Successful goal achievement depends on a lot of thing, including alignment of goals and values, will-power, discipline, availability of resources and possessing the right skills. One big factor is motivation.

If you’ve ever coached or mentored someone, you know the amazing feeling of watching that person get motivated to push through obstacles. Likewise, if you’ve ever personally struggled with reaching a goal or tried to help someone climb that achievement hill, you also know how hard it is when motivation is scarce.

For each of us, what motivates or drives us to behave or act a certain way is very personal. Our “reasons why” can be dependent on our experiences, our values and even our fears. We are each driven by different motivators and typically take action on those things that feed our primary motivators. Yes, we can try to meet expectations and goals set by other, but if we don’t find a way to connect that goal to what drives us, we won’t do our best.

Stephen Covey said it quite poetically: “Motivation is a fire from within. If someone else tries to light that fire under you, chances are it will burn very briefly.”

So What are Motivators?

Eduard Spranger was a German philosopher and psychologist who evaluated personalities and identified six primary motivators of human behavior. The six motivators represents value attitudes that can be used to explain the WHY behind your behaviors and actions.

The six motivators are:

  1. The Theoretical motivator drives one to seek knowledge and information. The person driven by the Theoretical motivator has a strong desire to discover the truth. If one of your primary motivators is the Theoretical motivator, you value systems and analyzing data. You’re likely an information junkie who loves books with a thirst for continuous learning.
    At work, you are known as a problem solver and are sought to help analyze a problem.
  2. The Utilitarian (originally called the Economic) motivator, focuses on maximizing time and resources. A person driven by this motivator is interested in things that are useful. If your primary motivator is the Utilitarian motivator, you are known for finding a good deal. You have a passion for getting a good return on your investment and can calculate the impact of downtime faster than anyone.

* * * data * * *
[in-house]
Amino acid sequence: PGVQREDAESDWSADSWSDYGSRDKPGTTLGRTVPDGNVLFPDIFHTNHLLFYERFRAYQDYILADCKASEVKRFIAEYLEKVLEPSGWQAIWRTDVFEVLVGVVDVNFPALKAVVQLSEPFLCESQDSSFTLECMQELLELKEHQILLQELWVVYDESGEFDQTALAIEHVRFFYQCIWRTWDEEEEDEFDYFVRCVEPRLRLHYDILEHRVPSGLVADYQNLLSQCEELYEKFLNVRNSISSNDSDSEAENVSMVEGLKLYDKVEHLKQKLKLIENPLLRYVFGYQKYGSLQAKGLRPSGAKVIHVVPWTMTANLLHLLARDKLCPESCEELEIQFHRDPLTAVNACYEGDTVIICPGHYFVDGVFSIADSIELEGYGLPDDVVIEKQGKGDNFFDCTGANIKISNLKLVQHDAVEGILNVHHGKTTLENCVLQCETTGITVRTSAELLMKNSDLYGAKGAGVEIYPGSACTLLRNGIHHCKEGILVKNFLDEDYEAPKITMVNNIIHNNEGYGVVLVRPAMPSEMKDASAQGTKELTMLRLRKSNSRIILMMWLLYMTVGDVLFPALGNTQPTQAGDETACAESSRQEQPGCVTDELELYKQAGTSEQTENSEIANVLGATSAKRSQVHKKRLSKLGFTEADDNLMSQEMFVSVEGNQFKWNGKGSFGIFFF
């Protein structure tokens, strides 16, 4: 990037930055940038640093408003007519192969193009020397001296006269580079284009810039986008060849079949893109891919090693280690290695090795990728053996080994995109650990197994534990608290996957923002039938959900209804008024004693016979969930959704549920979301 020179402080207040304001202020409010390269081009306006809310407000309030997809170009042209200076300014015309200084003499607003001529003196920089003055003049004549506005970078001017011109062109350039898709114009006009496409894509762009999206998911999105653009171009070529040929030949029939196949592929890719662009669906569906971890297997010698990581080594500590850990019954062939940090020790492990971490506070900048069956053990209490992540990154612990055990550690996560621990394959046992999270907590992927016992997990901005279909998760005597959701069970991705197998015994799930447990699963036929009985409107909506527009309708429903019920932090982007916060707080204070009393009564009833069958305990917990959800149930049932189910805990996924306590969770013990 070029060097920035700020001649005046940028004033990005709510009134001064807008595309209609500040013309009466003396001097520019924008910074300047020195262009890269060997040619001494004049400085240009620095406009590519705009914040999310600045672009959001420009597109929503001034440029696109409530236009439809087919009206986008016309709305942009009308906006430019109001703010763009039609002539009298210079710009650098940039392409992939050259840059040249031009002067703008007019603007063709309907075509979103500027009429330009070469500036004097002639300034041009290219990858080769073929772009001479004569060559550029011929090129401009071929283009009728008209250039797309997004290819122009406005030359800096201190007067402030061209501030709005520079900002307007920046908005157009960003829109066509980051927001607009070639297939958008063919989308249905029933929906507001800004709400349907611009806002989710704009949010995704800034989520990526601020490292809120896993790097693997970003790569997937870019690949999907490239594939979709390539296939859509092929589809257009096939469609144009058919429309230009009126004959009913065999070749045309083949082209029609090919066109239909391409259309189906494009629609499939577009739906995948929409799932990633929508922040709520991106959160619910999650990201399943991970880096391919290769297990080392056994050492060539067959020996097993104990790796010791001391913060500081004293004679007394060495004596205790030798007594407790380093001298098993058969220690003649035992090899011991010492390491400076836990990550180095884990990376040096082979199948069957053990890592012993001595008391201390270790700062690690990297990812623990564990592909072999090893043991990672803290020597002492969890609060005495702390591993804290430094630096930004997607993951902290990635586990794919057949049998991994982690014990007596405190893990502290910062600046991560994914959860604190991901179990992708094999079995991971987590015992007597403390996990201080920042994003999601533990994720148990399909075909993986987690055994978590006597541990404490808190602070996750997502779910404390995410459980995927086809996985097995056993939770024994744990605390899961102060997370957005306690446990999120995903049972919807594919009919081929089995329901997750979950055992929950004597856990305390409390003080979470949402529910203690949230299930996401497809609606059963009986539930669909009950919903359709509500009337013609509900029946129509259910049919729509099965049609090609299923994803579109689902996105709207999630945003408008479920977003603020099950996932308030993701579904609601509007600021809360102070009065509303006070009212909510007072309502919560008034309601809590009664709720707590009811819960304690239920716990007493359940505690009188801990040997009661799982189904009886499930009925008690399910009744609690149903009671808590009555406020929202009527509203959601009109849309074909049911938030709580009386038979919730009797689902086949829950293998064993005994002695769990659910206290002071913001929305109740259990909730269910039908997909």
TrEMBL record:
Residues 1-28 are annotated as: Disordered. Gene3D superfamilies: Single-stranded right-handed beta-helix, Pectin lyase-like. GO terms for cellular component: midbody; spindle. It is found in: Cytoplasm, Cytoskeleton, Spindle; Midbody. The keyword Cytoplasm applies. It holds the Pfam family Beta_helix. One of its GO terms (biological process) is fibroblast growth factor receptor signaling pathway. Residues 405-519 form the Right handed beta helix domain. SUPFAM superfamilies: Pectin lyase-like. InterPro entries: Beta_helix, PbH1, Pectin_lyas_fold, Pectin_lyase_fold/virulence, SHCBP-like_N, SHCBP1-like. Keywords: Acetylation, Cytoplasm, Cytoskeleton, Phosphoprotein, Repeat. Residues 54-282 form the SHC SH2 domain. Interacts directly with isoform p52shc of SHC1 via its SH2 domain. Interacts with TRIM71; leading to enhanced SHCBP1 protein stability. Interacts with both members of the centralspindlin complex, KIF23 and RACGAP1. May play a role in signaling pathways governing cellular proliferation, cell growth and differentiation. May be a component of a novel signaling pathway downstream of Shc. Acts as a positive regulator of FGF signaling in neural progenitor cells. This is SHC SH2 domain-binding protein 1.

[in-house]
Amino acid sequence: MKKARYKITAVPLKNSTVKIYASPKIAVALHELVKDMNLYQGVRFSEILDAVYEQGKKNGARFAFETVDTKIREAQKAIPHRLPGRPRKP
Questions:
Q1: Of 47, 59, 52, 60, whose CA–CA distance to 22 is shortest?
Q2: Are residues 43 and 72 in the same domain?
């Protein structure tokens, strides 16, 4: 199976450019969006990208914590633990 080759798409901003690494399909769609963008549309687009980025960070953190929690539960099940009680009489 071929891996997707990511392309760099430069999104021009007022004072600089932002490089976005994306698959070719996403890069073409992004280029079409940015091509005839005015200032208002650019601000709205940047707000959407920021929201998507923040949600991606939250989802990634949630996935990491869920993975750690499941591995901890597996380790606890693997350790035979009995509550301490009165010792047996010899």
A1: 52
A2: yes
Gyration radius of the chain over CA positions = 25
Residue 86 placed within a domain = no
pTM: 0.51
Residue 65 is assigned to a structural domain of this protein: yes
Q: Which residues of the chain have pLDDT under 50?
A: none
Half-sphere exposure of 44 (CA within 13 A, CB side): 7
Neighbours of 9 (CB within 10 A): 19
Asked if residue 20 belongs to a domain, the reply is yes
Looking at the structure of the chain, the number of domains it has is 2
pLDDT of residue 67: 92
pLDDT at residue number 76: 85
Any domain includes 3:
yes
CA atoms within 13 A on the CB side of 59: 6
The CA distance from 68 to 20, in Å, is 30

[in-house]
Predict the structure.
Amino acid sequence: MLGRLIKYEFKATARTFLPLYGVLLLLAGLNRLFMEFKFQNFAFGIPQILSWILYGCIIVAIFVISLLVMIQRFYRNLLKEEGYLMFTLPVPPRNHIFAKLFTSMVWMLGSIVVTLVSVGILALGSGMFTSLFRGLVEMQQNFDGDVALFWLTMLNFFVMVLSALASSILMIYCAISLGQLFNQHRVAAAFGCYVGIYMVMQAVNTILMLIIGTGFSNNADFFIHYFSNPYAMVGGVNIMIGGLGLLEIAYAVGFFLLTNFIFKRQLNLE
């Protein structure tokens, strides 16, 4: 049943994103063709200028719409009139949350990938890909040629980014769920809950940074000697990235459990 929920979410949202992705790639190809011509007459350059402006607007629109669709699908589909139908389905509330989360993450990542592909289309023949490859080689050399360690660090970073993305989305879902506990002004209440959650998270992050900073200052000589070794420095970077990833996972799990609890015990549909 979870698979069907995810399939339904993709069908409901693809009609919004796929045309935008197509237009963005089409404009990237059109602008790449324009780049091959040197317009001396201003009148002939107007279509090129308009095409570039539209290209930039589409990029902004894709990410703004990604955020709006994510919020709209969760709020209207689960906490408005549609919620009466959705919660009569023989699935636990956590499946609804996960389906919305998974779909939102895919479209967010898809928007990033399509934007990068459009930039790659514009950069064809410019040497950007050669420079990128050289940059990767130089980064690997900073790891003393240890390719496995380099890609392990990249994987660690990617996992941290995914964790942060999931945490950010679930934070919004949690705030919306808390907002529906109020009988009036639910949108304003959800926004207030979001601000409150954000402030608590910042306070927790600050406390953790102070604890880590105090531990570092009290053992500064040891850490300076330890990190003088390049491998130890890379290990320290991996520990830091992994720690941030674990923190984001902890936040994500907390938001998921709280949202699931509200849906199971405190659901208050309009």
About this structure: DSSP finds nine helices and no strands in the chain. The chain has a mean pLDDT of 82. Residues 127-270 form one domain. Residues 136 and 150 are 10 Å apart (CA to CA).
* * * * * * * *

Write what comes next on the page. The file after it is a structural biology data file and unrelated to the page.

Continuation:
At work, you make sure that the organization’s resources are well utilized.
  3. The Aesthetic motivator seeks balance and harmony both in their environment and relationships. If you are driven by the Aesthetic motivator, you like to focus on the experience rather than the ROI. You are on the journey to self-actualization and realizing the full potential of your surroundings and relationships.
    At work, your desire for harmony helps you to build and sustain healthy relationships.
  4. The Social motivator reflects a desire to help others. A person with the Social motivator is driven by causes. You are passionate about investing your personal time and energy into helping and supporting others. It’s not just about being with other people. You truly care about improving the life of others.
    At work, you are called to coach, mentor and develop others.
  5. The Individualistic (originally called Political) motivator represents someone who seeks to power and authority. A person with the Individualistic motivator often catches a ‘bad rap.” You seek authority and power, so you can affect and influence others. It doesn’t mean that you are only out for self, it’s that you aren’t afraid to lead.